Some forms of autism are probably a normal human condition, perhaps even essential to preservation of our species.
So what is autism?
Excerpted from MIT Communications Forum: Autism & The Internet” or “It’s The Wiring, Stupid, by Harvey Blume:
- “It might be useful at this point to give a definition of autism, before admitting there really isn’t a very good one, and that
autism, unlike, say Downs Syndrome, is less a discrete condition than a cluster, or better yet, a continuum of affects.
- (It is also a cluster of acronyms, HFA for high-functioning autistic, AS, or Aspie, for Asperger’s, a milder form of the syndrome, ASD for Autistic Spectrum Disorder, and, of course, NT for none of the above).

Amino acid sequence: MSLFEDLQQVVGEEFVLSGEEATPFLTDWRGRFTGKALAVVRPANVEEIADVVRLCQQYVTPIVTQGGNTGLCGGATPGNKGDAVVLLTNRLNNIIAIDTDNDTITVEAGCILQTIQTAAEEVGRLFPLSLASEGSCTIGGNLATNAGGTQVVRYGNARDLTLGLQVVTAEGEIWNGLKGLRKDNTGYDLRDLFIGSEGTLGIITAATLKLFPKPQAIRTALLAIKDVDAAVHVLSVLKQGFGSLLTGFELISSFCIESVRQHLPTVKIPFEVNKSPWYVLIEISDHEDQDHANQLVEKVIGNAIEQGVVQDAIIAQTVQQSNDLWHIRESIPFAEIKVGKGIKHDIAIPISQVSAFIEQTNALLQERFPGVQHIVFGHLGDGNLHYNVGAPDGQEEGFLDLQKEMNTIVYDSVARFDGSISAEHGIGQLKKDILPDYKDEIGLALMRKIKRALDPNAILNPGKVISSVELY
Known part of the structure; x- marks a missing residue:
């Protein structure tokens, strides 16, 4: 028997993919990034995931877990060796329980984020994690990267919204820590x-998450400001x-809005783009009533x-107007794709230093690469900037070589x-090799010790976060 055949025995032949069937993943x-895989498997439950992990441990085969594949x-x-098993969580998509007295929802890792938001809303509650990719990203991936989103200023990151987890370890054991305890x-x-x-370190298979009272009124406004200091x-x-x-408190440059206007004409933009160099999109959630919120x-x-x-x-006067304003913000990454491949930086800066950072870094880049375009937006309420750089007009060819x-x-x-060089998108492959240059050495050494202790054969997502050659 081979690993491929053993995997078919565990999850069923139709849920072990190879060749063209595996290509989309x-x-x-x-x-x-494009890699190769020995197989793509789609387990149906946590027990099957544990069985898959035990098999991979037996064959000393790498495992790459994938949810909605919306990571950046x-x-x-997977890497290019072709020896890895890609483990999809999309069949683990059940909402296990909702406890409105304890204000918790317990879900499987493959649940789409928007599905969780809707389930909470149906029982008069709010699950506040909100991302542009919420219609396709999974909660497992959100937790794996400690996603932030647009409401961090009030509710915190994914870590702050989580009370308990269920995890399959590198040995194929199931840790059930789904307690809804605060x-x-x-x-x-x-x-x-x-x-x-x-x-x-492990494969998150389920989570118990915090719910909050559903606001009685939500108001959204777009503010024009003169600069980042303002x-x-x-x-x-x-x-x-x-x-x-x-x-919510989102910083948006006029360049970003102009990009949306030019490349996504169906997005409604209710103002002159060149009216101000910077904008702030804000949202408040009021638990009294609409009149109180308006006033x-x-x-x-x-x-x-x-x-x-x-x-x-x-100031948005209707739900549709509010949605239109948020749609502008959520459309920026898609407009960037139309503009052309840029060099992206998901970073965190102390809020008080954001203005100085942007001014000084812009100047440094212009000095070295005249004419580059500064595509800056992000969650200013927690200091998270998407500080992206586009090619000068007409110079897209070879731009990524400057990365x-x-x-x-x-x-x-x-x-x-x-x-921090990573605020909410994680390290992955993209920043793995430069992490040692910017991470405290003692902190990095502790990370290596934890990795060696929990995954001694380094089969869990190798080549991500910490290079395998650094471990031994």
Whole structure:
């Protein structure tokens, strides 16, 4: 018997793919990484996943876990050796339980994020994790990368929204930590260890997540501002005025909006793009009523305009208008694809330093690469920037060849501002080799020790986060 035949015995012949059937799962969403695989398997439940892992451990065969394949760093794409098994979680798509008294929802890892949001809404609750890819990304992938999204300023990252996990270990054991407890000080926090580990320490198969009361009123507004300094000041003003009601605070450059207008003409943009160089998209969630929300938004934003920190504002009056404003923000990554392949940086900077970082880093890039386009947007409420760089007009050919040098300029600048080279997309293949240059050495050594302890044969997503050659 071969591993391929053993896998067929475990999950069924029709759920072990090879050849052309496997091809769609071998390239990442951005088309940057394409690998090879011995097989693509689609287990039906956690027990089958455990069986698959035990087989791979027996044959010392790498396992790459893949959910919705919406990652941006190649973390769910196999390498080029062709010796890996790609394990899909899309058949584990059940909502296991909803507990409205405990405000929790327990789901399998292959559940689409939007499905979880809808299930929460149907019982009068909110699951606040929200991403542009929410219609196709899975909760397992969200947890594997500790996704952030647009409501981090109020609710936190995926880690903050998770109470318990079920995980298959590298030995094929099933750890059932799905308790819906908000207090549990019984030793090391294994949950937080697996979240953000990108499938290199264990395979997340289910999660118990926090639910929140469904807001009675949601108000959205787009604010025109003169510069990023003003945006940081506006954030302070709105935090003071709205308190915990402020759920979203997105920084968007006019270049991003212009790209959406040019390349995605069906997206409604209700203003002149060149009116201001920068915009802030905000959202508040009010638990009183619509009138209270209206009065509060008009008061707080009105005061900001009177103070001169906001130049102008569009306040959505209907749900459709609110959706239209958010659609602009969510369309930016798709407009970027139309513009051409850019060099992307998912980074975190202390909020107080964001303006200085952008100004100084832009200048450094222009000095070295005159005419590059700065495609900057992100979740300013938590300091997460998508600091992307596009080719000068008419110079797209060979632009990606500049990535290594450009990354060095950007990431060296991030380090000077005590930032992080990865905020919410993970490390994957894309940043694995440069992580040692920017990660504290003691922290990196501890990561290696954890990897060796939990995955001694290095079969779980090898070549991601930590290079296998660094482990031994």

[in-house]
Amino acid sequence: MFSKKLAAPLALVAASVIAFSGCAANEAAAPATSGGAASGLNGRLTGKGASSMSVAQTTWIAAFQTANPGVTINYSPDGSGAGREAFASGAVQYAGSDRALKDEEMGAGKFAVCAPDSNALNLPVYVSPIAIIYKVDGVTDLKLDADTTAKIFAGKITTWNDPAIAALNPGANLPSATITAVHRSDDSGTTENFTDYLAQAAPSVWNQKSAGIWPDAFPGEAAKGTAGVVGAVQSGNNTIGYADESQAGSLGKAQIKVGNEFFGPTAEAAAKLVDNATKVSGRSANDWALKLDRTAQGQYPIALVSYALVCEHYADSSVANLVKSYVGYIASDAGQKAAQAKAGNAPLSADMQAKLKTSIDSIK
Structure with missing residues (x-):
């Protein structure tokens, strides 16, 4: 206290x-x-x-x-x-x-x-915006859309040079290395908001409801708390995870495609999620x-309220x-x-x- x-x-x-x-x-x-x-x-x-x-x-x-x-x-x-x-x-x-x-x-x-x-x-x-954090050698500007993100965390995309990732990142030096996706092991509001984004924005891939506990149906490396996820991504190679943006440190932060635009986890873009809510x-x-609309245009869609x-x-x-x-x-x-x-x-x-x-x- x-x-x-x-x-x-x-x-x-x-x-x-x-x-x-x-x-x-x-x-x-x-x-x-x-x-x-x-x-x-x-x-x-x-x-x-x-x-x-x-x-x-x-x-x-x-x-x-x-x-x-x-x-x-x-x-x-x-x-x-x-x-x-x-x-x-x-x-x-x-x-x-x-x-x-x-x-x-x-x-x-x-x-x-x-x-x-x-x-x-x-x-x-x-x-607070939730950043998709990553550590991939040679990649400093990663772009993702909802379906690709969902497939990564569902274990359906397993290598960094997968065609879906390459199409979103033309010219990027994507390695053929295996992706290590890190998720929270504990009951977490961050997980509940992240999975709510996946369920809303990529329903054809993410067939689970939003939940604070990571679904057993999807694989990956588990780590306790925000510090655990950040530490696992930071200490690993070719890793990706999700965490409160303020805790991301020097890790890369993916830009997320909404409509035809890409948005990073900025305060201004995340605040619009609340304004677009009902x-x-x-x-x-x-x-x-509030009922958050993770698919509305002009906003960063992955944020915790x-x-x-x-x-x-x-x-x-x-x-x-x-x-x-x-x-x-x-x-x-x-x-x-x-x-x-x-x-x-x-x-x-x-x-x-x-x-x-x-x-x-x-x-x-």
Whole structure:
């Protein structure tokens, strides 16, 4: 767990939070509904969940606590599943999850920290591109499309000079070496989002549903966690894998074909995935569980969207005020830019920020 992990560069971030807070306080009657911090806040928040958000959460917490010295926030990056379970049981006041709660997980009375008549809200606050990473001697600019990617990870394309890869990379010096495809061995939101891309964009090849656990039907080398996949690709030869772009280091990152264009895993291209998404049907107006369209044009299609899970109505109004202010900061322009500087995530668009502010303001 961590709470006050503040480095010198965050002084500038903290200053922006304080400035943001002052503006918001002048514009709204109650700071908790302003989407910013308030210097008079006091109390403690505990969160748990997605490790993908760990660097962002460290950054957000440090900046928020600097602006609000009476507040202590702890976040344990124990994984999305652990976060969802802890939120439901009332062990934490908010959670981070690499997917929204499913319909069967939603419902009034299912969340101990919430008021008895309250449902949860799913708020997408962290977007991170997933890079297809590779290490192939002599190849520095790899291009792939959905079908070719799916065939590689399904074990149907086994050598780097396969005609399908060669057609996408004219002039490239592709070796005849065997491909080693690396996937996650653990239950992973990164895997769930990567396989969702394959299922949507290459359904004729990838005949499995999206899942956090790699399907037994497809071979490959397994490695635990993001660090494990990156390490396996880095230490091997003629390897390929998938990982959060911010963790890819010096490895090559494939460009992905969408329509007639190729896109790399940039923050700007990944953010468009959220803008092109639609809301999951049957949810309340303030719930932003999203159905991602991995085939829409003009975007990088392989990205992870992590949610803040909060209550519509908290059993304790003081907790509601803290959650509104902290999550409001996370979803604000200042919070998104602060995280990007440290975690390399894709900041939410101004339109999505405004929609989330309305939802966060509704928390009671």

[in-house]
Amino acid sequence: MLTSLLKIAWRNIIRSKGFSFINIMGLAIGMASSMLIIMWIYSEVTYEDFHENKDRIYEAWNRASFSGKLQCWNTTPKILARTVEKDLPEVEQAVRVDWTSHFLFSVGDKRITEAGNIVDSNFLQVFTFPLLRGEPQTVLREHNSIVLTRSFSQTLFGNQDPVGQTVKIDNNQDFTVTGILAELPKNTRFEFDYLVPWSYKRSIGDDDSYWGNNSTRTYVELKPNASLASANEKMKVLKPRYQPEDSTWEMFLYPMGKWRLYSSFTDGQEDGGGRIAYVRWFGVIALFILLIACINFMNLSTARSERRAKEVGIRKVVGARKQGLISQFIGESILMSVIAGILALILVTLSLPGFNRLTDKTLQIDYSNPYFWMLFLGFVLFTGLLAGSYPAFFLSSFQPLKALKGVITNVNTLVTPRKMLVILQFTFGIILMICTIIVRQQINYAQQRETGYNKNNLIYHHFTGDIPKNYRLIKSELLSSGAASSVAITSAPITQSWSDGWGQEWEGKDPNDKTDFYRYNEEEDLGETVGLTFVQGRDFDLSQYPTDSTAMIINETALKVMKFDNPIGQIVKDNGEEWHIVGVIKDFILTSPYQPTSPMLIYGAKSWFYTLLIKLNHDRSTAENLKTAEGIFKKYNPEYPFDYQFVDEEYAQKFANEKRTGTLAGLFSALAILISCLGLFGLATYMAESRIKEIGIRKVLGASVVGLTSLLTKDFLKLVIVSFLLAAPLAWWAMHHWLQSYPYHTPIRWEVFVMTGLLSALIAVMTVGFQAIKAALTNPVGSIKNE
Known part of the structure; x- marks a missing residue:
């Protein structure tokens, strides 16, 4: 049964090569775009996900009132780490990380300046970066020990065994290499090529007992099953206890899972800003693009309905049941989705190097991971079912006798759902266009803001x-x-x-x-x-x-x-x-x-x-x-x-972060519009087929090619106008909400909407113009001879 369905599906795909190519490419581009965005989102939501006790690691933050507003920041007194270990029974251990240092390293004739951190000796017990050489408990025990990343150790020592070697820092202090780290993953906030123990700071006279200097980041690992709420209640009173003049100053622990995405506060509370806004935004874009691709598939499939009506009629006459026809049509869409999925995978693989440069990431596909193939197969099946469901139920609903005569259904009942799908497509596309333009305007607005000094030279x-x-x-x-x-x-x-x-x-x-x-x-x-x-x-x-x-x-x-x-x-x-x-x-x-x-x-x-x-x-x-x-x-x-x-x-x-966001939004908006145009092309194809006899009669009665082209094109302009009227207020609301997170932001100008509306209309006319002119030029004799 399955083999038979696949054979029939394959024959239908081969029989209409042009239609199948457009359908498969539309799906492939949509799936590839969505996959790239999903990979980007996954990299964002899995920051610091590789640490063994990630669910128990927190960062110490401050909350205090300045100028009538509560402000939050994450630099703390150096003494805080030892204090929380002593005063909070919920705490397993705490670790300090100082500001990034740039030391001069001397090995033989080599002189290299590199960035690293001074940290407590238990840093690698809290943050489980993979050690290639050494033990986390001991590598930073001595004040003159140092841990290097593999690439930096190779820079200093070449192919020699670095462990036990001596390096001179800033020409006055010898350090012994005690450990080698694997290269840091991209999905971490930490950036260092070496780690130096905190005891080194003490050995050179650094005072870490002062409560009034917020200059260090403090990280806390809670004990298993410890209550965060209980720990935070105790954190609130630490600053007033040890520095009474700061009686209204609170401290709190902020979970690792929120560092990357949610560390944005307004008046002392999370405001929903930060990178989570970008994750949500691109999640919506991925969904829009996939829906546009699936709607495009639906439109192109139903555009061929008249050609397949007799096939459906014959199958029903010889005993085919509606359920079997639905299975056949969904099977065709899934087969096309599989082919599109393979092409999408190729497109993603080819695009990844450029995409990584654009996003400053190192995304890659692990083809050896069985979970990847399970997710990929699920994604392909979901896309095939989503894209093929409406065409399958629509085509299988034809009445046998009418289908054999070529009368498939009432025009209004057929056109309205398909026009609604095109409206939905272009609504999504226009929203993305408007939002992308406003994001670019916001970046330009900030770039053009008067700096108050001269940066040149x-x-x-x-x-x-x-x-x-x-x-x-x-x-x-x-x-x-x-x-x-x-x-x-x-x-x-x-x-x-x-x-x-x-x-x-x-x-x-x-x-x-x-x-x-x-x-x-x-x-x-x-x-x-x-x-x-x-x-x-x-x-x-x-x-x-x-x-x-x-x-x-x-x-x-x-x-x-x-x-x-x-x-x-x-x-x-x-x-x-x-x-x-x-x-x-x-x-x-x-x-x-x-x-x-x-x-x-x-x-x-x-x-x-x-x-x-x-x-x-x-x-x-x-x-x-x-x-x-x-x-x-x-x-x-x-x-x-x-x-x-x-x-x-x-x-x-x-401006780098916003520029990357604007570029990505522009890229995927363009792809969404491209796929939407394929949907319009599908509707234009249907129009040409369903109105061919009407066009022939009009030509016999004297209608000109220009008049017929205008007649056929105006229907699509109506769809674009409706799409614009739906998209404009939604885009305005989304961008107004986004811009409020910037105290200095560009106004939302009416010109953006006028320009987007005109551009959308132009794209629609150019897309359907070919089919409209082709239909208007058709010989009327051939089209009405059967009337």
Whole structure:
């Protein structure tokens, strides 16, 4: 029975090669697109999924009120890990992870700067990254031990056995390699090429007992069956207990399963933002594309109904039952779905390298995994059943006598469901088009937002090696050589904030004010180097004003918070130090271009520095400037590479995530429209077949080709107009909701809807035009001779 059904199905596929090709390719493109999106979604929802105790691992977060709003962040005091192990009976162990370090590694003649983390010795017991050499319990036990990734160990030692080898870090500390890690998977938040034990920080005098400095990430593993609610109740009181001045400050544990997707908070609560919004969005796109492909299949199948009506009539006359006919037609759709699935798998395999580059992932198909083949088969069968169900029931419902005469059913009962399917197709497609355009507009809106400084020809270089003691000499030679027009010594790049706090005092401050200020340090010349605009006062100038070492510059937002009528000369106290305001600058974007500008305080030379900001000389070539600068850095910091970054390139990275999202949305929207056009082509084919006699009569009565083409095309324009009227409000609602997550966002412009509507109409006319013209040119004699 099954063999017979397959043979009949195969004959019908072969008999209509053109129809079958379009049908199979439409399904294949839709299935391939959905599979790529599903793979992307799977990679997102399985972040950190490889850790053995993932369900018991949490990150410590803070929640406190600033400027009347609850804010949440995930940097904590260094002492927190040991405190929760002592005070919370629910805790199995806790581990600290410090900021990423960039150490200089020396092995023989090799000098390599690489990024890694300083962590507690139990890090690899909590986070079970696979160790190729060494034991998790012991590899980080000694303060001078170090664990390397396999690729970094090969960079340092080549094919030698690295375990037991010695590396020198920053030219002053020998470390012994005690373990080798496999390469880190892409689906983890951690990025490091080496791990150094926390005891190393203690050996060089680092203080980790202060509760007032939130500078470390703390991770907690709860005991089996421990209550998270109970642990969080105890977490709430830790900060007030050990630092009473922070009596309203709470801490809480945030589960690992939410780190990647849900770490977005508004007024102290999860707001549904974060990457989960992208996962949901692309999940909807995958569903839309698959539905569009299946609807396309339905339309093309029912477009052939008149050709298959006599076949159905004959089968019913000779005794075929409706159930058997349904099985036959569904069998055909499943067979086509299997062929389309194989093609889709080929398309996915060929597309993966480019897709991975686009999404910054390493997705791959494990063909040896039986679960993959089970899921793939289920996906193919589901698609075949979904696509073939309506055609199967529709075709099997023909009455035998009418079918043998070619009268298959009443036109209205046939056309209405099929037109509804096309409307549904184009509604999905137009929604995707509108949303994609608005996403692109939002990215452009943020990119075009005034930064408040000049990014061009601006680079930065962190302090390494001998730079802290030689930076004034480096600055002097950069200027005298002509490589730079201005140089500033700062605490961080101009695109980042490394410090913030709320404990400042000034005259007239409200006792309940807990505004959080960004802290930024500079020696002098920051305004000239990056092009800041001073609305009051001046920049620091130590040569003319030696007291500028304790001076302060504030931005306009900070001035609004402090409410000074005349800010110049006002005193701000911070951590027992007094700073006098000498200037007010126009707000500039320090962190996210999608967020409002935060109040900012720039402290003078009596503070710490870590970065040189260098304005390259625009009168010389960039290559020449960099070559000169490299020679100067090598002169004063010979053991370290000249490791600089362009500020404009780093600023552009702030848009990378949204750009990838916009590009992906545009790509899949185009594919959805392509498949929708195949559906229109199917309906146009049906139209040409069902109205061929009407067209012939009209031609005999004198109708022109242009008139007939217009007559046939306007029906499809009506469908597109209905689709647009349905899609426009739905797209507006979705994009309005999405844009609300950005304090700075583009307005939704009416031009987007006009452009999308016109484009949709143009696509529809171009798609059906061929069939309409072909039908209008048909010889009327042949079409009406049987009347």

- Oliver Sacks.. says it comes with “a consistent triad of impairments: impairment of social interaction with others,
impairment of verbal and nonverbal communication, and impairment of play and imaginative activities.”
- But he is quick to add: “The ultimate understanding of autism may demand both technical advances and
conceptual ones beyond anything we can now even dream of.” It might also be useful to hear a high-functioning autistic describe autism from the inside”.
If Autism is defined by symptoms, how do we help our children?
Science searches to identify, cure, prevent. The further we explore, the more we learn about what works and for whom. As an educator, I don’t search for cures. I address the symptoms by promoting academic, social and self-help skills, language development and self-awareness, all essential skills for participating in society.
After all, if some forms of autism are essential to the preservation of our species, why would we exclude anyone?